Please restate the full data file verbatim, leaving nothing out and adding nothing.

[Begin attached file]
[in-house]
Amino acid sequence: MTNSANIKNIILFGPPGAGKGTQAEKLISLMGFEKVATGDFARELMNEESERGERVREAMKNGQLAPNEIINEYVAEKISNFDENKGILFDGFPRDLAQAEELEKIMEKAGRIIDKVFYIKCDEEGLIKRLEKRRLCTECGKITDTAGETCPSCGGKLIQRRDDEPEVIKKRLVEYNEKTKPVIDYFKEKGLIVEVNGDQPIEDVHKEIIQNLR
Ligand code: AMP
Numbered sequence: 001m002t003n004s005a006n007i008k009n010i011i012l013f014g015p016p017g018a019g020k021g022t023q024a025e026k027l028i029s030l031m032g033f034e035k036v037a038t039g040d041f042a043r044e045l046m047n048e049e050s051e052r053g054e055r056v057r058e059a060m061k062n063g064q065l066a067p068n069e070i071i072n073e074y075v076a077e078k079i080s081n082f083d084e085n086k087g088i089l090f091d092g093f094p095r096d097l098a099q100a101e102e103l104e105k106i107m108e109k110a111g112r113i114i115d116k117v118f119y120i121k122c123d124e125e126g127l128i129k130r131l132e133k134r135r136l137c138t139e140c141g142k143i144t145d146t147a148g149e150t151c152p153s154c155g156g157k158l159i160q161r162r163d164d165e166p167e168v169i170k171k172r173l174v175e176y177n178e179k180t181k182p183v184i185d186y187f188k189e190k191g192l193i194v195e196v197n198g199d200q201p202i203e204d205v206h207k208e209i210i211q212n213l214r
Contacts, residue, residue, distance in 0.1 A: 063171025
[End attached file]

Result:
[in-house]
Amino acid sequence: MTNSANIKNIILFGPPGAGKGTQAEKLISLMGFEKVATGDFARELMNEESERGERVREAMKNGQLAPNEIINEYVAEKISNFDENKGILFDGFPRDLAQAEELEKIMEKAGRIIDKVFYIKCDEEGLIKRLEKRRLCTECGKITDTAGETCPSCGGKLIQRRDDEPEVIKKRLVEYNEKTKPVIDYFKEKGLIVEVNGDQPIEDVHKEIIQNLR
Ligand code: AMP
Numbered sequence: 001m002t003n004s005a006n007i008k009n010i011i012l013f014g015p016p017g018a019g020k021g022t023q024a025e026k027l028i029s030l031m032g033f034e035k036v037a038t039g040d041f042a043r044e045l046m047n048e049e050s051e052r053g054e055r056v057r058e059a060m061k062n063g064q065l066a067p068n069e070i071i072n073e074y075v076a077e078k079i080s081n082f083d084e085n086k087g088i089l090f091d092g093f094p095r096d097l098a099q100a101e102e103l104e105k106i107m108e109k110a111g112r113i114i115d116k117v118f119y120i121k122c123d124e125e126g127l128i129k130r131l132e133k134r135r136l137c138t139e140c141g142k143i144t145d146t147a148g149e150t151c152p153s154c155g156g157k158l159i160q161r162r163d164d165e166p167e168v169i170k171k172r173l174v175e176y177n178e179k180t181k182p183v184i185d186y187f188k189e190k191g192l193i194v195e196v197n198g199d200q201p202i203e204d205v206h207k208e209i210i211q212n213l214r
Contacts, residue, residue, distance in 0.1 A: 063171025